All HTML pages should be verified against the W3C validator to ensure that the markup is well formed. This in and of itself is not directly indicative of good code, but it helps to weed out problems that are able to be tested via automation. It is no substitute for manual code review. (For other validators, see HTML Validation in the Codex.)
All tags must be properly closed. For tags that can wrap nodes such as text or other elements, termination is a trivial enough task. For tags that are self-closing, the forward slash should have exactly one space preceding it:
rather than the compact but incorrect:
The W3C specifies that a single space should precede the self-closing slash (source).
All tags and attributes must be written in lowercase. Additionally, attribute values should be lowercase when the purpose of the text therein is only to be interpreted by machines. For instances in which the data needs to be human readable, proper title capitalization should be followed.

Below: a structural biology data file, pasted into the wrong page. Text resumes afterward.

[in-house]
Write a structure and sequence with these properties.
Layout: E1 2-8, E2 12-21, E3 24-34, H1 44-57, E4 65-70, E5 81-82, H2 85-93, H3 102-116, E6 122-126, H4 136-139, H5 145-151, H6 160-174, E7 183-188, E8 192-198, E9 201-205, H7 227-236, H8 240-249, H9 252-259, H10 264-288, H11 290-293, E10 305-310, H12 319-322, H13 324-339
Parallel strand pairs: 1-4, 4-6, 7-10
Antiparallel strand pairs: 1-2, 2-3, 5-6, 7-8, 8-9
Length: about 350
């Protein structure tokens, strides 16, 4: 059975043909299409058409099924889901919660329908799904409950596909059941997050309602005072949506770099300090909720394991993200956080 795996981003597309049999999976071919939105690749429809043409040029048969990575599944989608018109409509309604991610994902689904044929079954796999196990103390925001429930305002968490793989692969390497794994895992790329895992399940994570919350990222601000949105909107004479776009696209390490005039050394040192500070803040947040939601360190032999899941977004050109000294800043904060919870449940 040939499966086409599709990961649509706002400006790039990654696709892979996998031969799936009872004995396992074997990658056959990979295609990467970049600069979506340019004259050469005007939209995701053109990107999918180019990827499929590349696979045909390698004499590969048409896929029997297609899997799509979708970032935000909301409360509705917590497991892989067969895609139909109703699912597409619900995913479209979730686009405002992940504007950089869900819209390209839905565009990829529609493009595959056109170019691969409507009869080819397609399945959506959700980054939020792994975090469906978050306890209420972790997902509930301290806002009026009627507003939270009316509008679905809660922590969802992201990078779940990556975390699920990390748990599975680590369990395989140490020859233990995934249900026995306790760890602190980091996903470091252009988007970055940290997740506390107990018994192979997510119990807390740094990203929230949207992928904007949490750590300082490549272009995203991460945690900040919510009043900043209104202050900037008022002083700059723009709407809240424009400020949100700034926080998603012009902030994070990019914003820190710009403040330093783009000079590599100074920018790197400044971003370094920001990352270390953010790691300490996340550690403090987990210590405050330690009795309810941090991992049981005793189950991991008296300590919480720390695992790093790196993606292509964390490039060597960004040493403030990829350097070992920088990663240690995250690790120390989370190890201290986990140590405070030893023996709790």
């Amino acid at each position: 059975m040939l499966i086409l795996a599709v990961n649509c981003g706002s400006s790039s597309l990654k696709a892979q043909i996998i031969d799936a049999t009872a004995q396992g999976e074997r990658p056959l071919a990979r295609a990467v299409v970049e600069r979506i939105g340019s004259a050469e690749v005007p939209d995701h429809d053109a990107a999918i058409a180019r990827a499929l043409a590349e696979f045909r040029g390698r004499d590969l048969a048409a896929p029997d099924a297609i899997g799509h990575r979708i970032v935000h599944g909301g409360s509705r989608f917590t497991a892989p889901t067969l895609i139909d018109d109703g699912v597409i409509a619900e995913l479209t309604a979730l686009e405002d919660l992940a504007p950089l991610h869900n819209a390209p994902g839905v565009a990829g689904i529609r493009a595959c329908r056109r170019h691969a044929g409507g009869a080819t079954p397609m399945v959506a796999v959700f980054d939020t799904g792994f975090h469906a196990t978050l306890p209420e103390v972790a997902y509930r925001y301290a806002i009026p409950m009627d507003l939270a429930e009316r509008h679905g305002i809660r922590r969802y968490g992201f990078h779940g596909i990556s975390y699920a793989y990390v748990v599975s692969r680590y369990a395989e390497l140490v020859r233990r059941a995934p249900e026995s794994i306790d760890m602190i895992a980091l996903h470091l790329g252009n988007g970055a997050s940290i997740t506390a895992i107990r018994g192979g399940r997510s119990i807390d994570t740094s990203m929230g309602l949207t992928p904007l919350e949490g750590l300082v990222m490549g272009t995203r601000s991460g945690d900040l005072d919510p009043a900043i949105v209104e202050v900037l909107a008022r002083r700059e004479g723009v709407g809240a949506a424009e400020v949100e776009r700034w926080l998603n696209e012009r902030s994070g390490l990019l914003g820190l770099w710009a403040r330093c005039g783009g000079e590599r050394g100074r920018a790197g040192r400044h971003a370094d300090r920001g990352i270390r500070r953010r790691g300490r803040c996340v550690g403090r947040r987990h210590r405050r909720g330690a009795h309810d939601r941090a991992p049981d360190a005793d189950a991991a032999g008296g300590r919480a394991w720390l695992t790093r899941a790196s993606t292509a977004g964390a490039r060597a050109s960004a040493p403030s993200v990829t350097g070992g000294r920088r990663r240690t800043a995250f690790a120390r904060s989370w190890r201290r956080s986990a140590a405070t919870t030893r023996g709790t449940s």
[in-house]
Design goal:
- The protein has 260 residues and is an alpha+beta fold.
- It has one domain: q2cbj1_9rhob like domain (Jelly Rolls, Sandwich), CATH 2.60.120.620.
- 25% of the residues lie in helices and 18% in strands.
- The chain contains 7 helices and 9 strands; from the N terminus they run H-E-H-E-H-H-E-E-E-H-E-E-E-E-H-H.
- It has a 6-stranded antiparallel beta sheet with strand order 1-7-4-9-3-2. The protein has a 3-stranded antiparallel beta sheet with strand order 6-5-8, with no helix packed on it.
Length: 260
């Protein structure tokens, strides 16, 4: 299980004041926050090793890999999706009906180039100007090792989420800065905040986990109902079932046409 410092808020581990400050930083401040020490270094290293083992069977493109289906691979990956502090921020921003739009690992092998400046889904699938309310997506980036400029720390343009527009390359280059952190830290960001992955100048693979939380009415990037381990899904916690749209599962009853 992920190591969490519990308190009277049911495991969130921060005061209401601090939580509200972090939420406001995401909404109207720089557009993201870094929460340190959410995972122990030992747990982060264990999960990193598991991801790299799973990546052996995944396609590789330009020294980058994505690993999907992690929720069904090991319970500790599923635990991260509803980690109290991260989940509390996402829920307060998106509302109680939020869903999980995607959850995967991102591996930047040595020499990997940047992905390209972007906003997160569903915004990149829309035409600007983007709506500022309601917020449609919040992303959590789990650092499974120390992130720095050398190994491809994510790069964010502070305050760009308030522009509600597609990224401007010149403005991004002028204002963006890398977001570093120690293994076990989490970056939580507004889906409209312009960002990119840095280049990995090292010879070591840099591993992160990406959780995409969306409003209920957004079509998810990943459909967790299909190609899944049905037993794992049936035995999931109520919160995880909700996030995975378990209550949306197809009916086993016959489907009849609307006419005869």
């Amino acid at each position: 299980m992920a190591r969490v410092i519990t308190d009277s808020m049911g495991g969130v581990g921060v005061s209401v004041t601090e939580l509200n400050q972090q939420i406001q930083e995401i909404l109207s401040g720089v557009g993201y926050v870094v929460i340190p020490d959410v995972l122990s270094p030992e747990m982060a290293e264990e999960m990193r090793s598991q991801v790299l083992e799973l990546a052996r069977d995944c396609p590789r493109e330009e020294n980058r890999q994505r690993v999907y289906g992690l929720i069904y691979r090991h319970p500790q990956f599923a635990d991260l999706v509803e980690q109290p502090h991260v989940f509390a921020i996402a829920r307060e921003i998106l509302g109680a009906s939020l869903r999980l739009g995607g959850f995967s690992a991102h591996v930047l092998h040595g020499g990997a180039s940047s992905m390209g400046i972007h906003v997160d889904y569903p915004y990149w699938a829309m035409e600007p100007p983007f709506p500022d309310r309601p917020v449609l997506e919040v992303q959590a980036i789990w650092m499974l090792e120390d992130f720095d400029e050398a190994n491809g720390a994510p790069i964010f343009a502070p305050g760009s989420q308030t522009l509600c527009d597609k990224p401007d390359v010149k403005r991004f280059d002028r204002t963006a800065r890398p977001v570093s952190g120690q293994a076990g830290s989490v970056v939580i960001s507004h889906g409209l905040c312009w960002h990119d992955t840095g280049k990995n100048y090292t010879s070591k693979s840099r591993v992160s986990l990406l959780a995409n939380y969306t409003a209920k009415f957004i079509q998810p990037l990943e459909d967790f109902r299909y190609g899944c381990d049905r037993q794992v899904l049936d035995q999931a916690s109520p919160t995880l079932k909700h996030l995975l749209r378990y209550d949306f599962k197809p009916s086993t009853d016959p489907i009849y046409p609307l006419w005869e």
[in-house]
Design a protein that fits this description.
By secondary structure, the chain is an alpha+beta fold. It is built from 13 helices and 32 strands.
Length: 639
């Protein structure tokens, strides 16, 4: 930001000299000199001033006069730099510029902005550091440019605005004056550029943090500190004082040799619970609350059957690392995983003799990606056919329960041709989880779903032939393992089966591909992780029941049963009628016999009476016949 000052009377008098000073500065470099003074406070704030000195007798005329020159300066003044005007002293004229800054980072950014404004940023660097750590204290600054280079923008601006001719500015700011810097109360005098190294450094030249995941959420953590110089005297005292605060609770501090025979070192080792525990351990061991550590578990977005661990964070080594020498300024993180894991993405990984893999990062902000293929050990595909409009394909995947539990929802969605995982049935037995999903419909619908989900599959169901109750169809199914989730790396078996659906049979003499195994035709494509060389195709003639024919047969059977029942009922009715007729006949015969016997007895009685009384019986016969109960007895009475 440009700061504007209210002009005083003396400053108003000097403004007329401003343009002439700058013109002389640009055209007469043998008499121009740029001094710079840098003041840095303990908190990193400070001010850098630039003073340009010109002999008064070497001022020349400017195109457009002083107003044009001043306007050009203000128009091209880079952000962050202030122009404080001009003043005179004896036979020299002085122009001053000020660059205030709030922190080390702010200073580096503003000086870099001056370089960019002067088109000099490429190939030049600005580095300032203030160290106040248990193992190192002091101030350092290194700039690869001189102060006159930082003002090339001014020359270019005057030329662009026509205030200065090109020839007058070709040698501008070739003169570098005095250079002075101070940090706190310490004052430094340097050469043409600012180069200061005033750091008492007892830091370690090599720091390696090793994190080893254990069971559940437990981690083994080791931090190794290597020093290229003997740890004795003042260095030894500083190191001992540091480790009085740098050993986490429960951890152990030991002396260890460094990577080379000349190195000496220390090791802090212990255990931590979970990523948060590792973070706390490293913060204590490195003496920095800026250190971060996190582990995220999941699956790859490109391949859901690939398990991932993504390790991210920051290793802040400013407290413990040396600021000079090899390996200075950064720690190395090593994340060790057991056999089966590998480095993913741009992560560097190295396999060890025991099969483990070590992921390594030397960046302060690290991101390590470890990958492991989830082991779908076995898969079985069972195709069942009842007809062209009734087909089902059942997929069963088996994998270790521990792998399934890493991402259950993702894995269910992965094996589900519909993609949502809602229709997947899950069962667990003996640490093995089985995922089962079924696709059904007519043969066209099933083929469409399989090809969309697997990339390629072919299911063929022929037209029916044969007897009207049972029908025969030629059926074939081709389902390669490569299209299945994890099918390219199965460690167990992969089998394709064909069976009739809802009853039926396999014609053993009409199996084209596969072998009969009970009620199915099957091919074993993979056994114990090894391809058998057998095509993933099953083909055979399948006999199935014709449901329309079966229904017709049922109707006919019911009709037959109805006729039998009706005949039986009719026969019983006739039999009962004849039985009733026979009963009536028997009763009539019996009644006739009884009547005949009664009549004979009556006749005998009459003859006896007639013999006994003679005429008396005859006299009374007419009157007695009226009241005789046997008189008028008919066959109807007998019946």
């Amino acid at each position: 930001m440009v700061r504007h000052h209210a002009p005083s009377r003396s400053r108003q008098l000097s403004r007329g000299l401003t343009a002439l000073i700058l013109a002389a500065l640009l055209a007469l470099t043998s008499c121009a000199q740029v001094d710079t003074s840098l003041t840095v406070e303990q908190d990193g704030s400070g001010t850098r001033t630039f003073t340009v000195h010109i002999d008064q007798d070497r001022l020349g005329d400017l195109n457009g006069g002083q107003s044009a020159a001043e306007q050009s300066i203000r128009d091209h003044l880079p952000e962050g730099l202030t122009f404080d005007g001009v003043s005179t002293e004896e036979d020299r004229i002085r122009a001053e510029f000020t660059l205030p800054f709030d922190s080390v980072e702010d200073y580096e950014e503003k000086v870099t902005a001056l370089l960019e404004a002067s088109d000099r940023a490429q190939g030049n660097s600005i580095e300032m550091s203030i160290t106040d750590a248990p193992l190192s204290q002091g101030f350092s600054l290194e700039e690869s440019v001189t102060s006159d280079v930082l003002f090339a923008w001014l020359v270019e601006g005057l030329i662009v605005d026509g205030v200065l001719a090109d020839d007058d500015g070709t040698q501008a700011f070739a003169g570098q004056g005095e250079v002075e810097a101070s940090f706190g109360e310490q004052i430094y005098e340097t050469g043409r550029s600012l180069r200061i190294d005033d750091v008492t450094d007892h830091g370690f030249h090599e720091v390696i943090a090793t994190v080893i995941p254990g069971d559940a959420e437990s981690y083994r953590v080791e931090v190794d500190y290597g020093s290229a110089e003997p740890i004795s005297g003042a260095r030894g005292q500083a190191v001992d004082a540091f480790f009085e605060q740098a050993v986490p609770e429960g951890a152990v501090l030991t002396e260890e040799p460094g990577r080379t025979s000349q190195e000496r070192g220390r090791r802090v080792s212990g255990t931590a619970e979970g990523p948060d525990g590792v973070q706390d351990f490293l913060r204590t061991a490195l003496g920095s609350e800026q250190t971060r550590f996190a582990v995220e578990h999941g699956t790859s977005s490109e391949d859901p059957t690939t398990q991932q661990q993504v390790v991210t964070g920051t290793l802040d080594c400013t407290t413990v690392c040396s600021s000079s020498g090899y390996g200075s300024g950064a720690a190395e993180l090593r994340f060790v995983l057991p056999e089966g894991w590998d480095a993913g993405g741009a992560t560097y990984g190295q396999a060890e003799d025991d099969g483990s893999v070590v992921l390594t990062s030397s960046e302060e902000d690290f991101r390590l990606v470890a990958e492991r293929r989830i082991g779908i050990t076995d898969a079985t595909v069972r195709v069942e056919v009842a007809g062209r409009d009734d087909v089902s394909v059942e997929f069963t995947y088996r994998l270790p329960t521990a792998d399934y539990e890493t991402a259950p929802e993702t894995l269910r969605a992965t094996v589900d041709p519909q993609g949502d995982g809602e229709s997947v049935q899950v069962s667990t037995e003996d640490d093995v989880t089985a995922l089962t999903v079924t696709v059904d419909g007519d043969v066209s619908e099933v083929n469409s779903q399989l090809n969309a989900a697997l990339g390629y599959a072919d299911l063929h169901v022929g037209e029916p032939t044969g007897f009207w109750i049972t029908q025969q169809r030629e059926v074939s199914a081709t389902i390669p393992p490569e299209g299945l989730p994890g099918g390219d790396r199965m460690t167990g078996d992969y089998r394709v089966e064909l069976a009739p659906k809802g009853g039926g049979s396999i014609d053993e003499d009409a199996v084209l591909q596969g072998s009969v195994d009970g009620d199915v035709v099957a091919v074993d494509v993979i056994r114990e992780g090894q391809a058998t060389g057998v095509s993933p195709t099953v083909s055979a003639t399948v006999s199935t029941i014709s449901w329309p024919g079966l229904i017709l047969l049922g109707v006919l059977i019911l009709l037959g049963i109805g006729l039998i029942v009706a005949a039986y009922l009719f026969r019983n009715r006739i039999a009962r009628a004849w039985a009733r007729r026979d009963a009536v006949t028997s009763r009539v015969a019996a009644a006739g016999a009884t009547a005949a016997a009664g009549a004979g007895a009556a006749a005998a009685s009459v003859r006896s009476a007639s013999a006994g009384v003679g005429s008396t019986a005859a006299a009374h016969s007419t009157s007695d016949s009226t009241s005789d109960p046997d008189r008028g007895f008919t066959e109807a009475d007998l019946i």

According to the W3C specifications for XHTML, all attributes must have a value, and must use double- or single-quotes (source). The following are examples of proper and improper usage of quotes and attribute/value pairs.
In HTML, attributes do not all have to have values, and attribute values do not always have to be quoted. While all of the examples above are valid HTML, failing to quote attributes can lead to security vulnerabilities. Always quote attributes.